“Lessons Learned.” A guest lesson by Ryan Thomas Boals.

Some people come into our lives as blessings; others come as lessons.

No, this isn’t some profound notion I’ve thought up. In fact, these wise words stem from a Mother Theresa quotation—and I don’t imagine this is a foreign concept for most.

There’s a beautiful lyric in the song “For Good” from Wicked that says, “People come into our lives for a reason/bringing something we must learn/And we are led to those who help us most to grow if we let them/and help them in return.” This never fails to leave me in awe; it elucidates the fact that we can even learn lessons from our blessings. Our blessings—be it parents who love and support us unconditionally, friends who are incessantly loyal, or any of achievements—all of these have lessons that accompany them.

So why am I here? What lessons have I learned?

Well, there are three kinds of people in this world:

  1. People who enter our lives as blessings. They leave a handprint on our hearts and teach us lessons—sometimes unintentionally—and aid us in our growth and maturation. They provoke us to examine ourselves, we learn from their actions and mistakes in addition to our own, and they influence us to change—hopefully, for the better. Time eventually wins and you grow apart. These are the people you once called best friends, old flames, perhaps teachers and former mentors. They’re the ones you frequently check up on when you’re making your social media rounds, just to see how they’re doing—and usually they’re slaying, as you’d expect. You find joy in knowing that someone who once meant so much to you can be just fine without you. With these people, you feel no sadness, no malice—just nostalgia maybe. There are no hard feelings between you two; there’s only love from afar. These are the people who remind us that growth and change are both normal and inevitable.
  2. Then there are the people who enter our lives as blessings in disguise. They appear to exist solely as a lesson. These people exude toxicity; they take more than they give, they place the blame on you and fail to acknowledge their own faults, they hurt, they cheat, they lie, and they make no apologies along the way. Do not run from these people when they enter your life—it’s a cop out. Be wise and cautious, but allow them to change you for the better. Their toxicity should force you to examine your own inner heart of darkness and come to terms with the darkest parts of yourself. Let them bring out the worst ‘you,’ so that you can determine exactly who you don’t want to be. Only then will you be able to determine who you want to become. Once they’ve taught you that lesson—personally, the most important lesson I’ve learned to date—leave them behind. Be influenced. Be changed. Grow. And move forward. Do we see a pattern here?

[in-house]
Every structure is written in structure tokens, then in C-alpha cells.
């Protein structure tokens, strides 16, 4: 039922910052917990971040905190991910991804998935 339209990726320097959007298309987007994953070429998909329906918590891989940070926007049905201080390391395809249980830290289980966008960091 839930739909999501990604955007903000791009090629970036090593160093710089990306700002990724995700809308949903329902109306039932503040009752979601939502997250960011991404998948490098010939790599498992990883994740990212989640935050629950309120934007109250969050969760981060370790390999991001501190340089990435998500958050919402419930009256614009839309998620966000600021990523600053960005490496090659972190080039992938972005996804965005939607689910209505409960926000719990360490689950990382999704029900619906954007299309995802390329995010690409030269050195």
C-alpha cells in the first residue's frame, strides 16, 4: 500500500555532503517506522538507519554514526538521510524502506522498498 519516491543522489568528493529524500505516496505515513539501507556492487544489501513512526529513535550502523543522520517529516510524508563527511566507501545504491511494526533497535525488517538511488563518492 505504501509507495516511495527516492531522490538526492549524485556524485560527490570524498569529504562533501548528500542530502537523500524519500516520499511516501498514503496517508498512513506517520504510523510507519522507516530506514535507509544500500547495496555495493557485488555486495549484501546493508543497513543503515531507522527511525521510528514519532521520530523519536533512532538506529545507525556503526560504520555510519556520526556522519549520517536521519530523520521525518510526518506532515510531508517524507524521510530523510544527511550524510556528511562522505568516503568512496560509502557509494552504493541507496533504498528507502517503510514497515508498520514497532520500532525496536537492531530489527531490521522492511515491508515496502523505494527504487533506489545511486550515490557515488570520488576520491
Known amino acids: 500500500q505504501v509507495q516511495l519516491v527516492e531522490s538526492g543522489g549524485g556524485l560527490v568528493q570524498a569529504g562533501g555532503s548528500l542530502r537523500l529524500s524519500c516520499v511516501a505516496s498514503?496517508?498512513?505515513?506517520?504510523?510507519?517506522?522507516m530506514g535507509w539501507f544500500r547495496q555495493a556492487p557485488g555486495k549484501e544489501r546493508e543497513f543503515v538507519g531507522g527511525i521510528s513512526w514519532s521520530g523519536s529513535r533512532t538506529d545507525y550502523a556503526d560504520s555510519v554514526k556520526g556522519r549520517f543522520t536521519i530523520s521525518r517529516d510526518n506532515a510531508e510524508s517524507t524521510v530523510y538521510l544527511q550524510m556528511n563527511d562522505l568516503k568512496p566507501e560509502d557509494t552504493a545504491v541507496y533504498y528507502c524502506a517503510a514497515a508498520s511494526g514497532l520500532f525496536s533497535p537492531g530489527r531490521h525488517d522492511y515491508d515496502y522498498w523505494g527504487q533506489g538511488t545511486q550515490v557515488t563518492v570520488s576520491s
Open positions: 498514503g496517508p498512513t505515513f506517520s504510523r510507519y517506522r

3. And finally, a shout out to the real MVPs—the people who are blessings, but are meant to teach us lessons for the rest of our lives. These are our parents, best friends, siblings, or lovers, whoever you deem your person—the one you run to when skies turn grey. Find these people—the ones you want to hold on to forever—once you’ve determined who you want to be in this with for the long haul, let them know, and never let them go. Things are a hell of a lot easier with someone by your side—trust me.

Both our blessings and our lessons strengthen us. Lessons are blessings and blessings are lessons. Every person you encounter comes into your life for a reason. No one is allowed to make you feel guilty or inadequate simply because you’ve learned that it’s time for you to move forward. Never let someone hinder your growth once you’ve acquired the maturity and adult understanding of how to let go without regret. Growing up and moving forward does not make you selfish and it does not diminish the love or care you have for people. Cherish the lessons you’ve learned.

I’ll leave you with a song that you should give a listen when you’ve got a chance. “Lessons Learned” by Carrie Underwood.

“Some pages turned,
some bridges burned,
but there were lessons learned.”

Go out into the world with an open mind and heart. Forge new relationships and cultivate them. Determine if a person is a blessing, a lesson, a blessing in disguise, or all three. Allow people to influence your growth and change you for the better. Learn your lessons, y’all. Few things will fulfill you in this life as much as progress.​

-Lesson by Ryan Thomas Boals-

ryan boalsRyan Thomas Boals is a sophomore Media Arts and Design major at James Madison University. Once voted ‘Most likely to Brighten Anyone’s Day,’ his hobbies include stalking celebrities online, laughing at his own jokes, living vicariously through his talented friends, crying over fictional characters, and taking on too many responsibilities at one time. He hopes to one day have a pup and a vineyard of his own.

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